Continuation from the previous post…
Here we can see the effect of changing from one test to another quite clearly. 2005 was the last year for the SAT-9. In 2006, DCPS changed to the DC-CAS for its system-wide standardized test, and scores plummeted, as is normal for this sort of thing. We then had three years of steady growth up until 2009, when Rhee, Kamras and Henderson instituted IMPACT and incredible rates of churn among teachers. Since that time, scores in virtually every single subgroup has stayed essentially flat. But you won’t hear that fact ballyhooed in the editorial pages of the Washington Post or Education Week. The only group with any real growth is Hispanic students, and that means that they have finally matched the levels they showed under the previous test, the SAT-9, eight years ago.
The gaps between the proficiency rates of white students and the other groups have not really been reduced much at all. What exactly is there to celebrate?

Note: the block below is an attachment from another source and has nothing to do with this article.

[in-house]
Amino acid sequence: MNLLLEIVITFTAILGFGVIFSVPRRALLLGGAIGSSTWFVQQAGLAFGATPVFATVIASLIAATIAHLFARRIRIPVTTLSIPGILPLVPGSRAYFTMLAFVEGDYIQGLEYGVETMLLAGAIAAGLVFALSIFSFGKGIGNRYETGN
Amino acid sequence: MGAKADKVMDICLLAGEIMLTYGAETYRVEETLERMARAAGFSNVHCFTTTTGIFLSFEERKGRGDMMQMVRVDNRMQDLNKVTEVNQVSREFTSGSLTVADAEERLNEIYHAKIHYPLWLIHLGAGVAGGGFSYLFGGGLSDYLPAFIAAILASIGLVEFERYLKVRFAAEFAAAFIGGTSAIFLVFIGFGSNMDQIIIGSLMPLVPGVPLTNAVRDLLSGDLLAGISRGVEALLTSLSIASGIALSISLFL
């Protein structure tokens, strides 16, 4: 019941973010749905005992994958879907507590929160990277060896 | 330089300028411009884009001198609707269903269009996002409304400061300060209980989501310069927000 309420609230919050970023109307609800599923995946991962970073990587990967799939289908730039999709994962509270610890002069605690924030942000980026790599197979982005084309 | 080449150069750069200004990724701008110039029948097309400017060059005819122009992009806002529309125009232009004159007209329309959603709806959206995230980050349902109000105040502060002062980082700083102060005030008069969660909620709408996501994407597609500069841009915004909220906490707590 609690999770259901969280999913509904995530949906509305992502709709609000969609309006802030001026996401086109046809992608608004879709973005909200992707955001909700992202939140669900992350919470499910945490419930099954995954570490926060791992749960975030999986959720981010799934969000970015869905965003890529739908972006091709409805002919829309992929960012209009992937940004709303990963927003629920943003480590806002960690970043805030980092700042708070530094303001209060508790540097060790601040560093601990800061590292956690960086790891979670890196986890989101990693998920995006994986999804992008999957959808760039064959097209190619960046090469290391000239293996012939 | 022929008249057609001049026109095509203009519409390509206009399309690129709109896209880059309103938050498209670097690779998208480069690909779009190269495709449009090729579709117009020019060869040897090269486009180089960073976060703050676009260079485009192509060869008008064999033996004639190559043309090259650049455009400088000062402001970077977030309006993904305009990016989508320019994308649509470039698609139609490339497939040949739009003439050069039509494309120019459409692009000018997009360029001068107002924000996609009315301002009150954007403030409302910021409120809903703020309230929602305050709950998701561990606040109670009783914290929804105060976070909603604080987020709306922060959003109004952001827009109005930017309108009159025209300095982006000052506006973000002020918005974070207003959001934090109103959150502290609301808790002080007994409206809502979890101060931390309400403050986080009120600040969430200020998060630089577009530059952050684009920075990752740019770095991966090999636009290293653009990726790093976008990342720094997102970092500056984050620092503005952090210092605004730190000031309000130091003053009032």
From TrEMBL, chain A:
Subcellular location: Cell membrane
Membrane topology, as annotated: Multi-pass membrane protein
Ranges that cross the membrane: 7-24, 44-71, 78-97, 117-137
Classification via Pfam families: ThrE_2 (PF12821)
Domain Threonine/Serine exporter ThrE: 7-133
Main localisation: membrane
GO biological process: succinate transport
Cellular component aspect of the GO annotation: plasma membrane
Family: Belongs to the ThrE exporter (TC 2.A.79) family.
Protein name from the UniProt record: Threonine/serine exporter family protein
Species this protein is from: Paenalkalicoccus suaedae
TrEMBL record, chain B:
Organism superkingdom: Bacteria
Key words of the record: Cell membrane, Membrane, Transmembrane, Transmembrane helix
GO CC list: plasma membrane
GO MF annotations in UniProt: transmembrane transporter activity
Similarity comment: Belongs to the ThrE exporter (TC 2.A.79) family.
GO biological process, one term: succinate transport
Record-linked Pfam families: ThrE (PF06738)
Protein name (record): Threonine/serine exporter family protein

Last graph will be for math, same subgroups.
Here we see that there was not nearly as much of a drop in scores from 2006 to 2007 with the change of exam. English teachers familiar with both tests can perhaps enlighten us. But since 2009, when IMPACT began and every single teacher had to follow the rigid Teaching and Learning Framework, those scores have either stayed flat or have actually decreased a bit.
Can someone please explain why Henderson and Kamras still have jobs, and why we still have IMPACT running our schools, and why we still have majoral control of the schools instead of a democratically-elected school board? Their record is pitiful!